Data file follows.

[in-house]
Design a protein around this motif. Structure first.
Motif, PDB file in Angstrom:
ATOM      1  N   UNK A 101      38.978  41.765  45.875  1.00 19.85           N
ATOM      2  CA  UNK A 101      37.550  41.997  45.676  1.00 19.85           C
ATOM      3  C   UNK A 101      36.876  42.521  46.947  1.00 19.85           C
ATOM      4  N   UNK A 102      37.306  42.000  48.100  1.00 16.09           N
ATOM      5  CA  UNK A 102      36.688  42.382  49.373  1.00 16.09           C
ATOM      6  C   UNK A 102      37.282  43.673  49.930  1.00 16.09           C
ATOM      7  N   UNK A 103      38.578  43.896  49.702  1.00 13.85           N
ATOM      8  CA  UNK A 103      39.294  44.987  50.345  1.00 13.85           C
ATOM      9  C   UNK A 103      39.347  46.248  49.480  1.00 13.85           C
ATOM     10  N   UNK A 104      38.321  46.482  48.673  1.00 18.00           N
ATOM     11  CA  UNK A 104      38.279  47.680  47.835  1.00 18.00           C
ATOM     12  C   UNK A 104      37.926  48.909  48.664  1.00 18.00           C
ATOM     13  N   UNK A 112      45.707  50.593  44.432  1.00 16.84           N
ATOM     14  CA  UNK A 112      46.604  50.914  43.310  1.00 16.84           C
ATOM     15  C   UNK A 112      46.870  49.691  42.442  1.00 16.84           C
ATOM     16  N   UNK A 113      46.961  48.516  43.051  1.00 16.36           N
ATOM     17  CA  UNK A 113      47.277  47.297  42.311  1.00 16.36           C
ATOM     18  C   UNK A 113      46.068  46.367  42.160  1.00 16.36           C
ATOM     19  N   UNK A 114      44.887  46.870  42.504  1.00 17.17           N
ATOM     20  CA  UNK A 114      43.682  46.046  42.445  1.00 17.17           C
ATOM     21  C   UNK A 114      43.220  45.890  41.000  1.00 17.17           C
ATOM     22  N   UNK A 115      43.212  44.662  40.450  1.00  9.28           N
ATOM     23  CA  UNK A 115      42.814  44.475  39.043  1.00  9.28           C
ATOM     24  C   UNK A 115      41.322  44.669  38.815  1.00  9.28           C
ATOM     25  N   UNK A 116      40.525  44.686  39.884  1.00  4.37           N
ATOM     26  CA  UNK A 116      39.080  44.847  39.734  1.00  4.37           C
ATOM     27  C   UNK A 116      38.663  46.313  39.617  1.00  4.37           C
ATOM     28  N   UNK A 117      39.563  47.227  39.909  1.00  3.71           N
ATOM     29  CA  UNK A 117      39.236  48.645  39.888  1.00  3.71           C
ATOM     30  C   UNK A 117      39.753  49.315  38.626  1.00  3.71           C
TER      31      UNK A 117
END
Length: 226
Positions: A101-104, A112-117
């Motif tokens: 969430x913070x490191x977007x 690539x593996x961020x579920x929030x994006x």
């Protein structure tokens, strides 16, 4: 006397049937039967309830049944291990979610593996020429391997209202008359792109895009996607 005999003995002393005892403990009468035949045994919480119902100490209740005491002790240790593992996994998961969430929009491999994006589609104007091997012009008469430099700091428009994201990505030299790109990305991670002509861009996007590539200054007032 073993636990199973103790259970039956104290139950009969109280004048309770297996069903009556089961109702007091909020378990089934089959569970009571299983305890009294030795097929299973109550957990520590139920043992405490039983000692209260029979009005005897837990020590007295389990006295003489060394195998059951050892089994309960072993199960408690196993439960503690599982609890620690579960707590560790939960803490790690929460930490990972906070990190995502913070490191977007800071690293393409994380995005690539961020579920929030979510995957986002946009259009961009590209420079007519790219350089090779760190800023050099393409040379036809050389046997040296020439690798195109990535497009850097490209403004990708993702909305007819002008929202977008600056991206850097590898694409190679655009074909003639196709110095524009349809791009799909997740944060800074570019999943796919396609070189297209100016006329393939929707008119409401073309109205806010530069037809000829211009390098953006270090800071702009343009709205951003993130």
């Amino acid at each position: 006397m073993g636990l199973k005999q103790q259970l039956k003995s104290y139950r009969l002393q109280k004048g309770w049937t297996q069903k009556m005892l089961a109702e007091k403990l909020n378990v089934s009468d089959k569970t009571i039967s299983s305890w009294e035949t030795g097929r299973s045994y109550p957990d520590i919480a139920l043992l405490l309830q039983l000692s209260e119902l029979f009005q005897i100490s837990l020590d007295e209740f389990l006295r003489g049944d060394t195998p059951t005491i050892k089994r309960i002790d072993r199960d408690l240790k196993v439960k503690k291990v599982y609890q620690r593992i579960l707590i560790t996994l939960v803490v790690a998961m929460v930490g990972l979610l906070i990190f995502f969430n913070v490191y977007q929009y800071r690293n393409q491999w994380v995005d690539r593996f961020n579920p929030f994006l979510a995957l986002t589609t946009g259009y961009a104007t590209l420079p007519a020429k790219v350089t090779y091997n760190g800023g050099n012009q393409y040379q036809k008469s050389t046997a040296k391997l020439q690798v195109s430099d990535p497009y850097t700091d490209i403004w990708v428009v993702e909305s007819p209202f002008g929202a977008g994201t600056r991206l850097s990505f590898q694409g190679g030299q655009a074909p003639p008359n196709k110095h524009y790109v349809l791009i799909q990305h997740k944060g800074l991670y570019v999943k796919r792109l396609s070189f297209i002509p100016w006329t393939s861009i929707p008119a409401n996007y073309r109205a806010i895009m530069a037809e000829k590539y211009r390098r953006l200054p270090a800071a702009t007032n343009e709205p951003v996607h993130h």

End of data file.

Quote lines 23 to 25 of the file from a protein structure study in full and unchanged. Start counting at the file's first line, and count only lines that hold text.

ATOM     20  CA  UNK A 114      43.682  46.046  42.445  1.00 17.17           C
ATOM     21  C   UNK A 114      43.220  45.890  41.000  1.00 17.17           C
ATOM     22  N   UNK A 115      43.212  44.662  40.450  1.00  9.28           N